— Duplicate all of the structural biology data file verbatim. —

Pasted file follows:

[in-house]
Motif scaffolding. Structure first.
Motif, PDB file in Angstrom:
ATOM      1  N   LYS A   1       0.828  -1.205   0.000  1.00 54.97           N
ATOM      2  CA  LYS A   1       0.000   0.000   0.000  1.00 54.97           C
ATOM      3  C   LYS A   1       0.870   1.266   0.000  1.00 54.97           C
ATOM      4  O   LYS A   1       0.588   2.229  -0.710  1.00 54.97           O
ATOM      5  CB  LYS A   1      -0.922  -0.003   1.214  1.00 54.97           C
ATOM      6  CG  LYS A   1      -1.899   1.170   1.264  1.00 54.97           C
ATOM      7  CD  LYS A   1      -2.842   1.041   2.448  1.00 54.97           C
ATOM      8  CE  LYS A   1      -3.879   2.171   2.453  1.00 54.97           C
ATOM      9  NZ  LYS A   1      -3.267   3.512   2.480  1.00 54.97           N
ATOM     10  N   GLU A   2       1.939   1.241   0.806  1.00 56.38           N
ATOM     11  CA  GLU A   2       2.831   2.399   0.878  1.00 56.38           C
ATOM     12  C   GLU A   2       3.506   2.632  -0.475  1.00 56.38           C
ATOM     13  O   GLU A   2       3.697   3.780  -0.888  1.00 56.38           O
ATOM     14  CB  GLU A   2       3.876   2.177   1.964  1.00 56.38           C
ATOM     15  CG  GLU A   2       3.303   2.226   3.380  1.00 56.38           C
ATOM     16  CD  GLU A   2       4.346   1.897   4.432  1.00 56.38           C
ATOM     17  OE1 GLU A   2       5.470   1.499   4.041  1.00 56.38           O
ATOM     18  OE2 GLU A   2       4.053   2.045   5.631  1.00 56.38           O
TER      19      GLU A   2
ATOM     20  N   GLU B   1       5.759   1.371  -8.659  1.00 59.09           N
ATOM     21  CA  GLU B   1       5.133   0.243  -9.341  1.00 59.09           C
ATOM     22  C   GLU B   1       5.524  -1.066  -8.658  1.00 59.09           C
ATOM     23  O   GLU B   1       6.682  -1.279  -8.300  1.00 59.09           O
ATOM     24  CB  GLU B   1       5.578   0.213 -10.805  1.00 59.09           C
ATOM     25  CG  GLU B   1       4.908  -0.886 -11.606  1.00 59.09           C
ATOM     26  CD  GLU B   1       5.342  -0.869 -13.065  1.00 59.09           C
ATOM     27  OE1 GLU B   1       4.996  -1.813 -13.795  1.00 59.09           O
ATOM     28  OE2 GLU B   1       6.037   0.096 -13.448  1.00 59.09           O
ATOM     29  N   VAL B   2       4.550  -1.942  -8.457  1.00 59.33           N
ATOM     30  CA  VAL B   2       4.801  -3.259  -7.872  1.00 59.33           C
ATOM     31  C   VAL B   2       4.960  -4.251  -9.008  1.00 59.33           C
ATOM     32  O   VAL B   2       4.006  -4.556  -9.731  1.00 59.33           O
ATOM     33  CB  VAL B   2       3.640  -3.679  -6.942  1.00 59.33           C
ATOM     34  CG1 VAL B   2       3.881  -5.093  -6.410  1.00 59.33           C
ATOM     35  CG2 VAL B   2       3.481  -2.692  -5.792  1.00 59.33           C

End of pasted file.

[in-house]
Motif scaffolding. Structure first.
Motif, PDB file in Angstrom:
ATOM      1  N   LYS A   1       0.828  -1.205   0.000  1.00 54.97           N
ATOM      2  CA  LYS A   1       0.000   0.000   0.000  1.00 54.97           C
ATOM      3  C   LYS A   1       0.870   1.266   0.000  1.00 54.97           C
ATOM      4  O   LYS A   1       0.588   2.229  -0.710  1.00 54.97           O
ATOM      5  CB  LYS A   1      -0.922  -0.003   1.214  1.00 54.97           C
ATOM      6  CG  LYS A   1      -1.899   1.170   1.264  1.00 54.97           C
ATOM      7  CD  LYS A   1      -2.842   1.041   2.448  1.00 54.97           C
ATOM      8  CE  LYS A   1      -3.879   2.171   2.453  1.00 54.97           C
ATOM      9  NZ  LYS A   1      -3.267   3.512   2.480  1.00 54.97           N
ATOM     10  N   GLU A   2       1.939   1.241   0.806  1.00 56.38           N
ATOM     11  CA  GLU A   2       2.831   2.399   0.878  1.00 56.38           C
ATOM     12  C   GLU A   2       3.506   2.632  -0.475  1.00 56.38           C
ATOM     13  O   GLU A   2       3.697   3.780  -0.888  1.00 56.38           O
ATOM     14  CB  GLU A   2       3.876   2.177   1.964  1.00 56.38           C
ATOM     15  CG  GLU A   2       3.303   2.226   3.380  1.00 56.38           C
ATOM     16  CD  GLU A   2       4.346   1.897   4.432  1.00 56.38           C
ATOM     17  OE1 GLU A   2       5.470   1.499   4.041  1.00 56.38           O
ATOM     18  OE2 GLU A   2       4.053   2.045   5.631  1.00 56.38           O
TER      19      GLU A   2
ATOM     20  N   GLU B   1       5.759   1.371  -8.659  1.00 59.09           N
ATOM     21  CA  GLU B   1       5.133   0.243  -9.341  1.00 59.09           C
ATOM     22  C   GLU B   1       5.524  -1.066  -8.658  1.00 59.09           C
ATOM     23  O   GLU B   1       6.682  -1.279  -8.300  1.00 59.09           O
ATOM     24  CB  GLU B   1       5.578   0.213 -10.805  1.00 59.09           C
ATOM     25  CG  GLU B   1       4.908  -0.886 -11.606  1.00 59.09           C
ATOM     26  CD  GLU B   1       5.342  -0.869 -13.065  1.00 59.09           C
ATOM     27  OE1 GLU B   1       4.996  -1.813 -13.795  1.00 59.09           O
ATOM     28  OE2 GLU B   1       6.037   0.096 -13.448  1.00 59.09           O
ATOM     29  N   VAL B   2       4.550  -1.942  -8.457  1.00 59.33           N
ATOM     30  CA  VAL B   2       4.801  -3.259  -7.872  1.00 59.33           C
ATOM     31  C   VAL B   2       4.960  -4.251  -9.008  1.00 59.33           C
ATOM     32  O   VAL B   2       4.006  -4.556  -9.731  1.00 59.33           O
ATOM     33  CB  VAL B   2       3.640  -3.679  -6.942  1.00 59.33           C
ATOM     34  CG1 VAL B   2       3.881  -5.093  -6.410  1.00 59.33           C
ATOM     35  CG2 VAL B   2       3.481  -2.692  -5.792  1.00 59.33           C